Sleepy Hollow fire is raging through central Washington, destroying everything in its path, including many citizen’s homes.
As the Inquisitr previously reported, the Sleepy Hollow fire started just outside of Wenatchee, approximately 120 miles east of Seattle, Washington, on Sunday, June 28, forcing hundreds of people to evacuate their homes.
Temperatures in Wenatchee reached nearly 109 degrees on Sunday. The intense heat, combined with 15 mph winds, contributed to the wildfire’s growth.
“From here, we could see embers just flying,” citizen Albert Rookard recalled. “There was fire in so many places. We could see emergency vehicles flashing across town.”
— Mashable (@mashable) June 29, 2015
Dominick Bonny, another town citizen, watched as the houses burned to the ground.
“With the wind blowing away from us, it was like we were watching a natural disaster within arm’s reach,” he said.
— Phil Johnston (@firefaqs) June 30, 2015
Wenatchee, near Lake Chelan, is a popular tourist spot, especially for people from the southern British Columbia. However, the Washington State Police are urging those who were planning on visiting to hold off until the fire is maintained, CBC News reports.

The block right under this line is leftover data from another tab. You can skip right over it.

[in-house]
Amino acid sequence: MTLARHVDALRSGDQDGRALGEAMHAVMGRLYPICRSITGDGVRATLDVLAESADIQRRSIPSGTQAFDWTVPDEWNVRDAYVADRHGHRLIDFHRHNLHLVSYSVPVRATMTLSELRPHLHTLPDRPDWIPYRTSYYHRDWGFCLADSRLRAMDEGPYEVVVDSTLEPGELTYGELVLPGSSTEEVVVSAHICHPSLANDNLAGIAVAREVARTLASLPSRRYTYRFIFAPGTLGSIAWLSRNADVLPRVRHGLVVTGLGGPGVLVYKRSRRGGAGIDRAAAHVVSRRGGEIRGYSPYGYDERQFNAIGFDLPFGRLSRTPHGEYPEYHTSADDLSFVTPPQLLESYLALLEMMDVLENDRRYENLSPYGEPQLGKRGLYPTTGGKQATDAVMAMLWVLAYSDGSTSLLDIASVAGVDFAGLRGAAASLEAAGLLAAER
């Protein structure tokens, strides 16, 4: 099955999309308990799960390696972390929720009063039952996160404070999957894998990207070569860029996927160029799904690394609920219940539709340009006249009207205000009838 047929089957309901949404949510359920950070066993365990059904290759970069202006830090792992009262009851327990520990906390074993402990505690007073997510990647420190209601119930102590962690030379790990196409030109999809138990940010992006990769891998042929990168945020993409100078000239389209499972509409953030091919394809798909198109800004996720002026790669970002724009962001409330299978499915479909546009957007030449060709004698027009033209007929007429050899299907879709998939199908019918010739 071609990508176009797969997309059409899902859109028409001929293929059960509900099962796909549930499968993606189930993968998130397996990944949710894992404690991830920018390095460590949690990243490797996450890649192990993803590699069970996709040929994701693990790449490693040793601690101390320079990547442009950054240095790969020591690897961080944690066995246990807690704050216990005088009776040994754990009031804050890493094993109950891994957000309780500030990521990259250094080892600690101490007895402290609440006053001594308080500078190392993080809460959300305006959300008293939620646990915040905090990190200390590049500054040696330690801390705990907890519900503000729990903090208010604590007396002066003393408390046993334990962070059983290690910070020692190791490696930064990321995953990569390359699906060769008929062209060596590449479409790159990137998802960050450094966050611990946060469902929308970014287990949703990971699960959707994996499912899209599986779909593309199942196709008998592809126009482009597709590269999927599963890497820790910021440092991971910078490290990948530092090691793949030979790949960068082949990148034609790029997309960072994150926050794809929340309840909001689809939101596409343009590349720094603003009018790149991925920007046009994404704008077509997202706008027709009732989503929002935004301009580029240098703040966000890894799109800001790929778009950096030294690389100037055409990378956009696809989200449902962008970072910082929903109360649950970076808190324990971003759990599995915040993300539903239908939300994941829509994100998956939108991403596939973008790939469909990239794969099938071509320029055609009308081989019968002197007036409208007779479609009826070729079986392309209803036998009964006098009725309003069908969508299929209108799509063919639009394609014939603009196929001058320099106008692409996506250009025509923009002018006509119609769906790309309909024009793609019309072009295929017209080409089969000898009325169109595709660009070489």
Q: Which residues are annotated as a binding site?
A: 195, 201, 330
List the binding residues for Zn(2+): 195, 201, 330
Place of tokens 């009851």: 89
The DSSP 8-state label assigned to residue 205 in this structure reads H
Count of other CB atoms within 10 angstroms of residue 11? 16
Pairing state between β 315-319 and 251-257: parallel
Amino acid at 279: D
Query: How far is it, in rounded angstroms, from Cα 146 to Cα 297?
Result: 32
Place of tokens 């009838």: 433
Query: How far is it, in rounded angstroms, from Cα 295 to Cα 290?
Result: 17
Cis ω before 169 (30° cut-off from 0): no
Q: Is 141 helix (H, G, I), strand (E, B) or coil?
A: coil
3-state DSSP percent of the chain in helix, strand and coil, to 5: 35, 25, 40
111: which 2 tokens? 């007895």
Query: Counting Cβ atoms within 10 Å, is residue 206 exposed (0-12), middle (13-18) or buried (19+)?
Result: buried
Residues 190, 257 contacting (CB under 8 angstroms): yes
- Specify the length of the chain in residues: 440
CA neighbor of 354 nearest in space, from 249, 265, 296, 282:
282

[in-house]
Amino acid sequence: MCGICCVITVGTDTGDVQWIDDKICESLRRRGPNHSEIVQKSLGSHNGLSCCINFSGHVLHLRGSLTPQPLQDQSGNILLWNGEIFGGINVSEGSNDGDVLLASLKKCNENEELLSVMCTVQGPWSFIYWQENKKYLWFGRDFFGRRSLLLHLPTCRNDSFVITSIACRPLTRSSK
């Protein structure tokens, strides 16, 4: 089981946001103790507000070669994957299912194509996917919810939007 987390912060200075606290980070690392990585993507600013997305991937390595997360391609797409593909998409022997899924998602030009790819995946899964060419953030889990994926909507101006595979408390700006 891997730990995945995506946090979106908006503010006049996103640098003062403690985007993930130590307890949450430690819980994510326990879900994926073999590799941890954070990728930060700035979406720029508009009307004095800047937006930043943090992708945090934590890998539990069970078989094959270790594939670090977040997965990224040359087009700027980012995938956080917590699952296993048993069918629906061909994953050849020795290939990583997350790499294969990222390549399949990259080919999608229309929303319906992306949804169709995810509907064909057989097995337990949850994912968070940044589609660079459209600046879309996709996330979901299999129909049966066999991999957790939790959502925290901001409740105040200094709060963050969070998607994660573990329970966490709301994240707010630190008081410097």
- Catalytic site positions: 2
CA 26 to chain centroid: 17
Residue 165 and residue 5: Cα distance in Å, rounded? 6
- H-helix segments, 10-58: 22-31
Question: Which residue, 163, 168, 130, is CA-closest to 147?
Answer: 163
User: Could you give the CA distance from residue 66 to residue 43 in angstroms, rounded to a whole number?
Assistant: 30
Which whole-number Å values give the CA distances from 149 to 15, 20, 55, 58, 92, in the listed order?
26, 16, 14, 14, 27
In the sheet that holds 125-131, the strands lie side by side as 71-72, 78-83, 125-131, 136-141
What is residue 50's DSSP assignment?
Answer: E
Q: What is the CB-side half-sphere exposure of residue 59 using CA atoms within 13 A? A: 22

“If you have plans to come down I would put the plans on hold and let things get under control here first,” said Trooper Brian Moore of Washington State Patrol in Chelan County.
— Daily Mail US (@DailyMail) June 30, 2015
At least 24 homes and several other outbuildings have burned since the blaze ignited. Several downtown commercial buildings also caught fire, with one releasing ammonia gas.
“That’s our biggest concern right now, and that’s where most of our resources have gone to,” Moore said on Monday, June 29.
As of Monday, the flames have enveloped roughly 3,000 acres, twice the distance it was burning through on Sunday, Reuters reports.
— Eyewitness News (@ABC7NY) June 30, 2015
The community where the houses were burned have come together to help one another, grabbing water hoses to help put out the flames that firefighters couldn’t get to, USA Today reports.
“It’s kind of surreal at the moment, it’s hard to process,” said Eric Curry.
“It’s probably really going to hit me harder in a few days when I realize I don’t have anything,” Shirley Einarsson, who lost her home of 45 years, said.
Shirley was asleep when the fire reached her neighborhood, and if it wasn’t for one of her neighbors, she may not be here today.
“Our neighbor Alex was pounding on Shirley’s door because he knew she was in here,” said Curry.”He saved her life.”
“We have a wonderful neighborhood, it’s just fabulous,” Einarsson added.
[Photo via Shutterstock]